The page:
aside one of these characters as
a start and stop pattern left 39
characters, which was the origin
of the name Code 39. Four
punctuation characters were
later added, using no wide bars
and three wide spaces, expanding
the character set to 43
FAQ About Code 39 Barcode
What is the
historical origin of the Code 39 barcode?
Code 39 barcode
is a barcode with no fixed length and can represent 43
characters, including uppercase Latin letters, numbers and some
The Code 39
barcode was developed by Dr. David Allier of Intermec in 1974
and was initially adopted by the U.S. Department of Defense as a
The Code 39
barcode was the first alphanumeric barcode and was later widely
used in industrial fields.
Because it could
handle letters, CODE 39 was indispensable in the industrial
field at the time and was used in factory automation industries
such as automobiles and electronics.
Code 39 has only
two unit widths, namely wide unit and narrow unit. The width of
the wide unit is 1 to 3 times that of the narrow unit.
Generally, 2 times, 2.5 times or 3 times are used. Each barcode
character of Code 39 consists of nine units, three of which are
wide units and the rest are narrow units, hence the name Code
Code39 is one of
the most widely used barcode formats. Code39 is defined in the
ISO/IEC 16388:2007 standard.
for Logistics Applications of Automated Marking and Reading
Symbols. It is defined by code 39 military standard
What are the
advantages and disadvantages of Code 39 barcodes?
Ability to encode
data of any length. The limitations are the length of the
printed matter and the recognition range of the barcode reader.
Supports a wide
range of devices. At present, almost all barcode reading devices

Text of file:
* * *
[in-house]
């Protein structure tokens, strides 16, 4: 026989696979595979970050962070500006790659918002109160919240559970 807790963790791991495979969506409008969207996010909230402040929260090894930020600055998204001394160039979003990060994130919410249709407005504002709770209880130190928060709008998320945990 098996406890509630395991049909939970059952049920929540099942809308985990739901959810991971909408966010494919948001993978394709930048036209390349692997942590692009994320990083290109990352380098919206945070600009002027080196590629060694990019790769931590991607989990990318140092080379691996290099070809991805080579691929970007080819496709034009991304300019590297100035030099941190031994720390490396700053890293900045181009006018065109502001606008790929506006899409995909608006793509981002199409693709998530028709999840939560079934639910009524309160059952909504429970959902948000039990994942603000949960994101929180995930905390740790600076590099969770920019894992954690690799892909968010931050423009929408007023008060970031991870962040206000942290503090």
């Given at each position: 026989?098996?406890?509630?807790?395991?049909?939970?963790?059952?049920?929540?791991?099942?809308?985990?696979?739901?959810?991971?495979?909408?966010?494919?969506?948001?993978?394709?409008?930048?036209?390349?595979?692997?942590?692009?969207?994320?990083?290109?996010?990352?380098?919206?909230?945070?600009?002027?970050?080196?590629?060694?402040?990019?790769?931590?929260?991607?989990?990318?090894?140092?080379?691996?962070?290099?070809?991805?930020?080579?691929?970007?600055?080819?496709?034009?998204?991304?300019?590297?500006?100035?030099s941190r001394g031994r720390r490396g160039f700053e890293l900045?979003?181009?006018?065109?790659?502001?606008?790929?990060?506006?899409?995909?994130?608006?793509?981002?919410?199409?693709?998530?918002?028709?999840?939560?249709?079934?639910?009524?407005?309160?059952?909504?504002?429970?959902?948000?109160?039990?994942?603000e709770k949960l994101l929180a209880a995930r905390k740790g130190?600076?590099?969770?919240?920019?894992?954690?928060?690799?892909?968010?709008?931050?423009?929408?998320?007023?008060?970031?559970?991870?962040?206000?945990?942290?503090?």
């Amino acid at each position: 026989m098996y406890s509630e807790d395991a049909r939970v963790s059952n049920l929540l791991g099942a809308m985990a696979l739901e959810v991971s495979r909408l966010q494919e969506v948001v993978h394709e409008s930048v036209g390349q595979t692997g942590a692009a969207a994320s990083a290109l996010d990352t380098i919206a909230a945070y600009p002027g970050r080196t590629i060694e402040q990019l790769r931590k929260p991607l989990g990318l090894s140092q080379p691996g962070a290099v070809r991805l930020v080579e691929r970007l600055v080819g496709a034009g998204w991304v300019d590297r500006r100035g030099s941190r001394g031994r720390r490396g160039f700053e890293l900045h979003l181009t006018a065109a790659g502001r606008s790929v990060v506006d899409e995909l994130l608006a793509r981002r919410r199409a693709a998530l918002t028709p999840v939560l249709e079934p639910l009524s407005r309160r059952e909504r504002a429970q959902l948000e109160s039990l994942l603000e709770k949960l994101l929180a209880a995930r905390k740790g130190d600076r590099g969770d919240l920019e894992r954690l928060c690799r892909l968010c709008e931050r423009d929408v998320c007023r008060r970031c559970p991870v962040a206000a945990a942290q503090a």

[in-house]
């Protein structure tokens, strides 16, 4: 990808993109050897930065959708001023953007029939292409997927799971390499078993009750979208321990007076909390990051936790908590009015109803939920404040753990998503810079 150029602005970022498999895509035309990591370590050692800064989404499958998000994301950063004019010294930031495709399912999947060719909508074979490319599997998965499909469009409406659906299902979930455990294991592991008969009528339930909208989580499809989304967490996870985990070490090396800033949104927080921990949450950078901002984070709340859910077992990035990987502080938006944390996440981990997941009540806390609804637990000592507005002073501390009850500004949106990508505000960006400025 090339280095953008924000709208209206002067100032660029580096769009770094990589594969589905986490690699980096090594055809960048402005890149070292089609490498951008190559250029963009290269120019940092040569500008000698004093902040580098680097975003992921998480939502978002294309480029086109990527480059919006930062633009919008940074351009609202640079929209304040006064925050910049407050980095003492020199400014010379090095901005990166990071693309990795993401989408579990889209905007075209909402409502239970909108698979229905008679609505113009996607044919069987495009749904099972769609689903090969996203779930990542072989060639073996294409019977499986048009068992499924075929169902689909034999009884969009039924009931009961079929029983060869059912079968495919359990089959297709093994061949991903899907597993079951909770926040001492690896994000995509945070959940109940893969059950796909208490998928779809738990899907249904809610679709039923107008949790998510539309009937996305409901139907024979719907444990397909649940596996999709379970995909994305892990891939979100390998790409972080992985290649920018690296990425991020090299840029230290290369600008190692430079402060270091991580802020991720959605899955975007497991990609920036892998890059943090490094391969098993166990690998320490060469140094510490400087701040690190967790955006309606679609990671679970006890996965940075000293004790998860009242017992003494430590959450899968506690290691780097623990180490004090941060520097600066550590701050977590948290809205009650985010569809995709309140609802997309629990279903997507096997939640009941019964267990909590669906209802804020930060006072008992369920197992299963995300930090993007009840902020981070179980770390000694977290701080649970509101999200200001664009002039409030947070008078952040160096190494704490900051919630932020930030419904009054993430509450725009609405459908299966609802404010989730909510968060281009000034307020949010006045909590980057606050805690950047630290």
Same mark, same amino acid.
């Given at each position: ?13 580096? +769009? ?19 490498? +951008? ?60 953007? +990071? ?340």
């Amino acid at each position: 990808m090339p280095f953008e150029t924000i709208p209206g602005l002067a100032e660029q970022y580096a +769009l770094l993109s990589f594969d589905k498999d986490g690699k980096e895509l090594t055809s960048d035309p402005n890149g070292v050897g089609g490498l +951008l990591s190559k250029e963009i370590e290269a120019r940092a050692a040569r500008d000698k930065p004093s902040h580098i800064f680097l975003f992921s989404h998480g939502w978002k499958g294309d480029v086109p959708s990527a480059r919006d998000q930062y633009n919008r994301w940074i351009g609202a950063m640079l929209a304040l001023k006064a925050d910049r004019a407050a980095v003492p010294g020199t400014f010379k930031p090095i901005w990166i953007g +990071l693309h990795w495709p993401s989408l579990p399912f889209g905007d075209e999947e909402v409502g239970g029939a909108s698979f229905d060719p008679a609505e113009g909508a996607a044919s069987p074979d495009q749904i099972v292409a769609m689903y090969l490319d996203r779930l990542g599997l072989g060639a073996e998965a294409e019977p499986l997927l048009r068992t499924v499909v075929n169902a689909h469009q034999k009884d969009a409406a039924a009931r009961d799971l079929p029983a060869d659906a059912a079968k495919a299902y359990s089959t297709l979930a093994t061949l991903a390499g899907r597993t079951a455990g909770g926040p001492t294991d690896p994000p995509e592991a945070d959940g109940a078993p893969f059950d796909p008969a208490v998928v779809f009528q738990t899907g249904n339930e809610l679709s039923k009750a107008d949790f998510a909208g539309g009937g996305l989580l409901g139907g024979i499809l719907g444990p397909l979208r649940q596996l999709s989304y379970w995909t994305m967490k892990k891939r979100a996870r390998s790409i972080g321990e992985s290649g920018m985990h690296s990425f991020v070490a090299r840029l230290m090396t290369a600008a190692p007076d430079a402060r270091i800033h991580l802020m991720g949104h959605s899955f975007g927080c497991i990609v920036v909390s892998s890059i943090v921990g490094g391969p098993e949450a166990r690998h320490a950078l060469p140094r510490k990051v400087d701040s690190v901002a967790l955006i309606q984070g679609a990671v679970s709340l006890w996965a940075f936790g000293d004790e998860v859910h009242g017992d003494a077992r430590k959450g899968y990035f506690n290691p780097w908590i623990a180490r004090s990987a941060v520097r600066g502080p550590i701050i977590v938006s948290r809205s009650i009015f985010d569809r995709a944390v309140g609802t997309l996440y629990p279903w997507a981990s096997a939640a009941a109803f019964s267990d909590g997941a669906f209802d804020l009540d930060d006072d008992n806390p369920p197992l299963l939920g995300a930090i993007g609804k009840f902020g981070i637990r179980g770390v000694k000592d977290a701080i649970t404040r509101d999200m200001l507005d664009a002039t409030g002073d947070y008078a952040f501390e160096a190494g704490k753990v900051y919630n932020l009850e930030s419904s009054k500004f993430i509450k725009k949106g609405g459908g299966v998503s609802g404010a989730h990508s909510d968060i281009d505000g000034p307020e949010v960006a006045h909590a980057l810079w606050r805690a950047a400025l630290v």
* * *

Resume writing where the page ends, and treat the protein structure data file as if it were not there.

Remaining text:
can read Code39 codes, and the same is true for printers.
Generate. Simple development techniques can quickly generate
corresponding coded images.
density is low and cannot represent complex characters such as
Chinese. A check code is needed to improve reliability.
Code128 barcode and Code39 barcode
barcodes and Code39 barcodes are widely used in corporate
internal management, production processes, and logistics control
systems. The difference is that the Code128 barcode represents
more characters than the Code39 barcode, and the coding density
per unit length is higher. When Code39 encoding cannot be
accommodated in the unit length or the encoded characters exceed
the limits of Code39, Code128 can be selected for encoding. So
Code128 barcode is more flexible than Code39 barcode.
Code 128 barcodes
can encode the full 128 ASCII character set, while Code 39
barcodes can only encode 39 characters.
The density of
the Code 128 barcode is higher than that of the Code 39 barcode,
which means that for the same length of barcode, Code 128 can
represent more information.
Code 128 barcodes
contain check digits, while Code 39 barcodes do not, which means
Code 128 barcodes are more reliable.
Code128 are representatives of one-dimensional barcodes, and
they are also widely used in the industry. For product numbers,
serial numbers, network card addresses and IMEI numbers on
mobile phones, cameras or 3C products, Code39 and Code128 are
mostly used. A barcode encoding method.
between Code 39 barcode and Code 39ext
The Code 39Ext
barcode is an extended version of the Code 39 barcode and can
represent 128 characters from ASCII values 0 to 127.
Code 39 barcodes
can only encode 43 characters, including numbers, uppercase
letters, spaces, and some symbols.
Code 39ext can encode 128 characters, including lowercase
letters and some special symbols.
The encoding rule
of Code 39ext is to add an escape character before each
character, for example, %U represents the lowercase letter u.
Code 39 encoding
Every fifth line
represents a character.
represent 1, thin lines represent 0.
A wide gap
between lines represents 1, and a narrow gap represents 0.
Five lines plus
four gaps between them is a nine-digit binary code, and three of
these nine digits must be 1, so it is called 39 codes.
A * at the
beginning and end of the barcode marks the beginning and end.
Will Code 39
barcodes be phased out?
Code 39 barcode
is a commonly used one-dimensional barcode format. It can encode
data of any length and supports a wide range of devices.
However, it also has some shortcomings, such as low encoding
efficiency and inability to represent Chinese. At present, the
Code 39 barcode has not been eliminated, but with the
development of two-dimensional barcodes, it may be gradually